to comply with these precautions violates safety standards of design
and the intended use of the instrument. Agilent Technologies assumes
no liability for the customer’s failure to comply with these
requirements.
WARNING:
Shock hazard
Indicates dangerous voltage. (Terminals fed
from the interior by voltage exceeding
1000 V must be so marked.)
WARNING:
Burn hazard
Indicates parts that may cause burns when
touched.
Instruction
Manual
Indicates that the user should refer to the
manual before operating the equipment.
For protection against electrical shock in
case of a fault. Used with field wiring
terminals to indicate the terminal, which
must be connected to the ground before
Protective
Conductor terminal operating equipment.
Indicates sharp or suddenly moving parts
such as injection needles that may cause
injury.
Skin puncture
Indicates instrument contains parts that can
Static discharge
be damaged by electrostatic discharge. Take
care for proper grounding before handling.
Warning
Do not touch
Touching this item may result in damage to
the instrument or personal injury.
Safety and regulatory information
This instrument and its accompanying documentation comply
with the CE specifications and the safety requirements for
electrical equipment for measurement, control, and laboratory
use (CEI/IEC 1010-1)CCSAUS and FCC-b.
This device has been tested and found to comply with the limits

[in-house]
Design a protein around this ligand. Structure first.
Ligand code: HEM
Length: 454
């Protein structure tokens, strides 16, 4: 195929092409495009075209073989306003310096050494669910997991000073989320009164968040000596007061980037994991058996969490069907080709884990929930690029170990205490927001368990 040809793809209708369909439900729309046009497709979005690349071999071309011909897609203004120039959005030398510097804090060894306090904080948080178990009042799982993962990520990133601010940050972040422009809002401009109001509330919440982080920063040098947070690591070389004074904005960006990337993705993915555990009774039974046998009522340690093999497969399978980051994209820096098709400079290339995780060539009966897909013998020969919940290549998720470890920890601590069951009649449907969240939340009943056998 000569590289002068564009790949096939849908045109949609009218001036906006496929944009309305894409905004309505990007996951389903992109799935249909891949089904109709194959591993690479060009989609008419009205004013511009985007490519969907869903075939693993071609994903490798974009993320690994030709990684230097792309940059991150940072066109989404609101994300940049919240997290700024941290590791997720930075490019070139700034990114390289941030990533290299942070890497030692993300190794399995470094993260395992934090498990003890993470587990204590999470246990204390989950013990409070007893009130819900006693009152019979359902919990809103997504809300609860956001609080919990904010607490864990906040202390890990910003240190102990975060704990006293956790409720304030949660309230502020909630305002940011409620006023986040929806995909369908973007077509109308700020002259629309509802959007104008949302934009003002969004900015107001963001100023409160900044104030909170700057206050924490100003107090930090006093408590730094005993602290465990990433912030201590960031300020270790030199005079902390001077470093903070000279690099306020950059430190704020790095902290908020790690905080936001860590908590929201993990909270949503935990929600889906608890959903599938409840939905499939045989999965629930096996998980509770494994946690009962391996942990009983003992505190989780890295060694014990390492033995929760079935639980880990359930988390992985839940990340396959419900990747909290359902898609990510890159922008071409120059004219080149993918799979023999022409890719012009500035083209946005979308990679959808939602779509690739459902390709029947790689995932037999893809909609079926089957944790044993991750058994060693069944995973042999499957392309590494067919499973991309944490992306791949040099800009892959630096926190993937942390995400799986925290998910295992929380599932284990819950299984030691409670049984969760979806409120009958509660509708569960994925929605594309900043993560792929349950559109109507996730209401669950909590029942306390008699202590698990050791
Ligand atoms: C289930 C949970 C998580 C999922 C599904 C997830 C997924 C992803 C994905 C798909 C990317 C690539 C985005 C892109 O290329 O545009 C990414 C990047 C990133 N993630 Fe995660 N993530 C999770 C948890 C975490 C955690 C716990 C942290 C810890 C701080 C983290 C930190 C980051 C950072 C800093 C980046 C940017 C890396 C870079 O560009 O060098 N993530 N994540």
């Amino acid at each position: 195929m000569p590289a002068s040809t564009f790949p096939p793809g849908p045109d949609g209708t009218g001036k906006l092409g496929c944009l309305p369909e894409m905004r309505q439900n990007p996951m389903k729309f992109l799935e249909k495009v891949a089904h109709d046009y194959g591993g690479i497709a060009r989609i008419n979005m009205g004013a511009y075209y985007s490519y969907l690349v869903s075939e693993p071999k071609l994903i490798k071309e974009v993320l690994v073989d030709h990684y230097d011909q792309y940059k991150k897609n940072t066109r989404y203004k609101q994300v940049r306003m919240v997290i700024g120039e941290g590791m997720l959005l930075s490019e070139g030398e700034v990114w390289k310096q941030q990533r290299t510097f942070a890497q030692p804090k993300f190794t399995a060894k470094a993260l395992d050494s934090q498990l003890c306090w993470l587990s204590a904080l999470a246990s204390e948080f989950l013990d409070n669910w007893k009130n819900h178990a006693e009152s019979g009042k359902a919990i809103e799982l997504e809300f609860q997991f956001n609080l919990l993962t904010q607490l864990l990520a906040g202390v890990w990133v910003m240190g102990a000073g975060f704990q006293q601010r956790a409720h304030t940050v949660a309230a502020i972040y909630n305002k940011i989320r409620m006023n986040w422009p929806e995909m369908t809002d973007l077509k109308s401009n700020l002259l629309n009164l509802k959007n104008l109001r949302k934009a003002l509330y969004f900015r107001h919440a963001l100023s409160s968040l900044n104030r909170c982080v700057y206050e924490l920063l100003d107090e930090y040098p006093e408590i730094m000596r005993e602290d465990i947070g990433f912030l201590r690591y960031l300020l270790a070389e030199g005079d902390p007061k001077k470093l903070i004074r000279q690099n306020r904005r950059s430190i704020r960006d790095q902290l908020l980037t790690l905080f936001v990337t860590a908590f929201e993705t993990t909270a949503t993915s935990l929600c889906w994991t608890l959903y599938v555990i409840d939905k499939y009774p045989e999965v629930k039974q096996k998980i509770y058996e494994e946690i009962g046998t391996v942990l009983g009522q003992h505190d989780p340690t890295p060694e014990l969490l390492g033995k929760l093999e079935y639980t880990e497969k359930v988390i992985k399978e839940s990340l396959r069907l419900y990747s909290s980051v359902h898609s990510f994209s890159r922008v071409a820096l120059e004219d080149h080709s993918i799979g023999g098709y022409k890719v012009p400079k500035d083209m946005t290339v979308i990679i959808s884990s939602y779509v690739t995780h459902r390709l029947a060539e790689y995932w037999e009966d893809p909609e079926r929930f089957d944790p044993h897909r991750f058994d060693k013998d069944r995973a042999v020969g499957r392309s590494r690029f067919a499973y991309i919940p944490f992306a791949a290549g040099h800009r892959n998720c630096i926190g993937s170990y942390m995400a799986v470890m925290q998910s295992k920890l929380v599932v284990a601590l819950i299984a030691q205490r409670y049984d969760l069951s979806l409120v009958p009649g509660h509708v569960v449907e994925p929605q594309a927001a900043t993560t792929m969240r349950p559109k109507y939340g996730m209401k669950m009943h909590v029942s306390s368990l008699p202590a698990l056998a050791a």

for a Class A digital device, pursuant to part 15 of the FCC
rules. These limits are designed to provide reasonable
protection against harmful interference when the equipment is
operated in a commercial environment. This equipment
generates, uses, and can radiate radio frequency energy and, if
not installed and used in accordance with the instruction
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1
Introduction
manual, may cause harmful interference to radio
communications.
Operation of this equipment in a residential area is likely to
cause harmful interference, in which case the user will be
required to correct the interference at his own expense.
NOTE
This instrument has been tested per applicable requirements of EMC
Directive as required to carry the European Union CE Mark. As such, this
equipment may be susceptible to radiation/interference levels or
frequencies, which are not within the tested limits.
General safety precautions
Follow the following safety practices to ensure safe equipment
operation:
• Perform periodic leak checks on all supply lines and
pneumatic plumbing.